Almost every ALMS driver looked to the skies with a frown on Saturday morning as it rained overnight and was drizzling during practice at the Mid-Ohio Sports Car Course; Flying Lizard Motorsports’ driver Jörg Bergmeister was not among them. “I actually like the rain,” he said. “I do what I always do and seem to come out ahead.” It is a confident response from a driver who should be very confident: Bergmeister took pole for the GT2 class in the number 45 911 GT3 RSR.
From left to right: Darren Law, Seth Neiman and Jörg Bergmeister prepare for the start of the race
His confidence is especially impressive in light of the fact that the team was informed late this week that the number 45 car was being assessed a 25 kilogram (55 pound) penalty weight due to judges’ suspicions regarding the legality of their motor. Bergmeister and Long were still pleased with the car’s performance during practice and qualifying sessions in spite of this additional weight.
Bergmeister gaining ground away from the Corvettes as he enters Thunder Valley
Also entered in the race was Flying Lizard’s number 44 car, driven by Flying Lizard founder Seth Neiman and Darren Law. Law raced at Watkins Glen Friday and was not present for the qualifying session at Mid-Ohio, forcing him to start from the back of the grid. It was a penalty they struggled to overcome the entire race.
Flying Lizard’s number 44 Porsche battling to pass the number 40 Ford in Thunder Valley
The weather let up just before the race, prompting teams to replace their rain tires with race slicks. As the race began, Ohio weather, in an effort to maintain its reputation for being anything but consistent, rolled gray clouds overhead once more. Aside from a drop or two, teams and fans alike did not see rain the rest of the day.
The number 08 Patron 911 GT3 from the challenge class saw an early end to the race, running off the track at the entry to madness before completing one lap. Ed Brown, the car’s driver, was rushed to a local hospital but was released after finding no serious injuries. The car was not so lucky, hitting a guardrail during the crash.
The Patron car being towed from the gravel pit. Driver Ed Brown sustained no serious injuries in the crash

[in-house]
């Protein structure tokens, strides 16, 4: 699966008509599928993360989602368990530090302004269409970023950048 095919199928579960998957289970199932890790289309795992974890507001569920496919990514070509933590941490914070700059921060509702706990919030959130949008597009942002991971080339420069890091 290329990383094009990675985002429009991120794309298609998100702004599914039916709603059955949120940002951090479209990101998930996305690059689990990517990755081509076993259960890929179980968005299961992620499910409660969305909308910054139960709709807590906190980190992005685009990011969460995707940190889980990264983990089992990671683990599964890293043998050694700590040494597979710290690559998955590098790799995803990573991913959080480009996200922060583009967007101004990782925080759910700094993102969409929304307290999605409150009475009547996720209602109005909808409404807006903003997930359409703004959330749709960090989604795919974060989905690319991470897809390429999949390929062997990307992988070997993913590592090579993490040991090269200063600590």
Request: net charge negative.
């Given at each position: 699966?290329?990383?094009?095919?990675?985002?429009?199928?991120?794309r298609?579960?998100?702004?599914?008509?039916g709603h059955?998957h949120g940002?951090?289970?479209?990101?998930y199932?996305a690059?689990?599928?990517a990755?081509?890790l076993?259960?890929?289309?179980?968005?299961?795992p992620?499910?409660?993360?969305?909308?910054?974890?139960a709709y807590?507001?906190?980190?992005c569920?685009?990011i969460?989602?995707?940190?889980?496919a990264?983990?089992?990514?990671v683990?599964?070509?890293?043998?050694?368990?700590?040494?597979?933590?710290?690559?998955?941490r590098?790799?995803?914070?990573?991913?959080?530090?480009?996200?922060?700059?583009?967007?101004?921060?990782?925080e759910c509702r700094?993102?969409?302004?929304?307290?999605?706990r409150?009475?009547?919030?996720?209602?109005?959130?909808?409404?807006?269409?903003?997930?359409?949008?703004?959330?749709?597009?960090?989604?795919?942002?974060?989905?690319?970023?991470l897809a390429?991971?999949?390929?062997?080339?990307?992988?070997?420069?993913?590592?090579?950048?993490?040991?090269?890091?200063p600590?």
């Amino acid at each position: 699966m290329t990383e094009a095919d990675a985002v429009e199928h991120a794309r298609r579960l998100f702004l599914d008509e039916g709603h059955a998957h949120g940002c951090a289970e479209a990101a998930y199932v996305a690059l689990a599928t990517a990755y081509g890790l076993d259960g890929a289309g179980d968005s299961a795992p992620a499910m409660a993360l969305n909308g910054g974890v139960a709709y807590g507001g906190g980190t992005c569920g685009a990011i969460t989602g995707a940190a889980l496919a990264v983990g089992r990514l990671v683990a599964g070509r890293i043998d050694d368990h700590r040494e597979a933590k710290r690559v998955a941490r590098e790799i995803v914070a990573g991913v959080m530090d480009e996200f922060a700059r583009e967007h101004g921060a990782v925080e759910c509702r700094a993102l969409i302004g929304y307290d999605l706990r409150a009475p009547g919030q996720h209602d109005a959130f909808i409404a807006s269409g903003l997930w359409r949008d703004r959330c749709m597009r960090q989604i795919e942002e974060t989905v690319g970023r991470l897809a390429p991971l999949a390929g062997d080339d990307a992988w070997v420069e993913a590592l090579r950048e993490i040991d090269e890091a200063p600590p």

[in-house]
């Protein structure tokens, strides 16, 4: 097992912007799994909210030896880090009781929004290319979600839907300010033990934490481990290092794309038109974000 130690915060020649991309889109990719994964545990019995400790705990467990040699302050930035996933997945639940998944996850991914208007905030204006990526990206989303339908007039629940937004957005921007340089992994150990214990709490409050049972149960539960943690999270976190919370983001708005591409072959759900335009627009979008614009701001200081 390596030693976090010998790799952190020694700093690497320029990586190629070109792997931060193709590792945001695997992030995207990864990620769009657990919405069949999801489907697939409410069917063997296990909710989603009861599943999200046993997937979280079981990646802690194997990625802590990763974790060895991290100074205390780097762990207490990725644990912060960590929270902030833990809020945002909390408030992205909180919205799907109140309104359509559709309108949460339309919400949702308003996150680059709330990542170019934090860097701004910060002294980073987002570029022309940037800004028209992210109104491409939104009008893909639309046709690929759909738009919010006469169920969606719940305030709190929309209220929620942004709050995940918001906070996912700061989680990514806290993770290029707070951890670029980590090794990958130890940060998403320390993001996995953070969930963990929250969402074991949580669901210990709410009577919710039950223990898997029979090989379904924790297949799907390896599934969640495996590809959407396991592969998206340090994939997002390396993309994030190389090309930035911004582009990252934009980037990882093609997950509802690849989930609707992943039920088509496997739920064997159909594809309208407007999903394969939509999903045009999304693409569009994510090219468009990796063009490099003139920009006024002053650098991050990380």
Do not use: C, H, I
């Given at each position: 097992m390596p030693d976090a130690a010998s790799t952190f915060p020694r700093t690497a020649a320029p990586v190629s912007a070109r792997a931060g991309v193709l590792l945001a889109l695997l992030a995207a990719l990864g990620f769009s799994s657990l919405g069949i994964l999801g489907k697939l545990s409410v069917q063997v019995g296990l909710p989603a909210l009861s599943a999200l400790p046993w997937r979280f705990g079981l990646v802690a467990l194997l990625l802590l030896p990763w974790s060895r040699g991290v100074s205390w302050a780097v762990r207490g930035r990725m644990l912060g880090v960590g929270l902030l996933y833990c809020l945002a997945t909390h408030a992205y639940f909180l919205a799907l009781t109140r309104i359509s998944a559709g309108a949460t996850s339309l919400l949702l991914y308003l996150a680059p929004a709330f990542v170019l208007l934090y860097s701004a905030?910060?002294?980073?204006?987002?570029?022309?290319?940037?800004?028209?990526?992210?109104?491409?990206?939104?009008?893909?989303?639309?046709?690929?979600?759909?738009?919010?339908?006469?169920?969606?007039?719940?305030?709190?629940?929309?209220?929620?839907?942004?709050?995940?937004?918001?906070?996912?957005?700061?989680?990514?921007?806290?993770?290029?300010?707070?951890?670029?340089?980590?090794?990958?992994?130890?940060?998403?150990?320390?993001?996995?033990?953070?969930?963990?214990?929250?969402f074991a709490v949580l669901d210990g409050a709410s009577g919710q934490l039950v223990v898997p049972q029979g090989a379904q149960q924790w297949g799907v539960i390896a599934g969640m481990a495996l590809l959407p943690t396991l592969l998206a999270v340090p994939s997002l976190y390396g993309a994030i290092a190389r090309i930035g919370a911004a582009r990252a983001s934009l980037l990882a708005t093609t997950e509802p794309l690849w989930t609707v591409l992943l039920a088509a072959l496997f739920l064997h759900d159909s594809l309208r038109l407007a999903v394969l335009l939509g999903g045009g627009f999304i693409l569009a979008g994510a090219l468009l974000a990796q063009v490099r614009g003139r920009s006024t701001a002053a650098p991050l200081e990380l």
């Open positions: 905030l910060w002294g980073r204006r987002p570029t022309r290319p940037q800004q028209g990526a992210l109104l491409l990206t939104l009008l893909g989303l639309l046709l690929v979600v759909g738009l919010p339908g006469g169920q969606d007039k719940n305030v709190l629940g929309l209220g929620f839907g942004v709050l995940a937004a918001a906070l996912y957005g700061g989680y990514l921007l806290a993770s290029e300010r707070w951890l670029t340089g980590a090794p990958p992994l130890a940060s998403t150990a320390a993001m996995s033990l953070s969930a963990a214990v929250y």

Muscle Milk’s number 6 RS Spyder driven by Greg Pickett placed second in the P2 class. Pickett was given an avoidable contact penalty early on for hitting the number 90 BMW. This effectively took number 90 off the lead pace for the remainder of the race,
This race marked the debut of the Corvettes in the GT2 class, with the new C6.R Corvettes. The number 3 and 4 Corvettes were in second and third place consistently throughout the race, but the number 92 Rahal Letterman BMW passed the number 4 C6.R on the last lap to take third place.
Some fans speculated this could have been a strategic move to avoid having two cars on the podium on their debut. The Corvette team brushed aside this accusation, saying it was an effort to conserve fuel near the end of the race. However you view this strategic move, the Corvettes made themselves known as a force to be reckoned with in the series.
By the race’s end, the number 45 car took first place with Patrick Long behind the wheel. Long ended the race 21 seconds ahead of the number 3 Corvette. This broke the record for consecutive wins in the series. How did it feel? “Unbelievable!!” Long exclaimed. “The level of professionalism and cooperation exhibited by the team was amazing. I am very excited and we want to keep this positive momentum going.”
The next race in the American LeMans Series will be at Road America Road Course.
Today’s post was written by frequent contributor Andrew Granieri. Andrew is graduating from Miami University in August with a degree in Technical & Scientific Communications and Entrepreneurship. He is eagerly searching for a job that will allow him to keep his performance driving hobby going.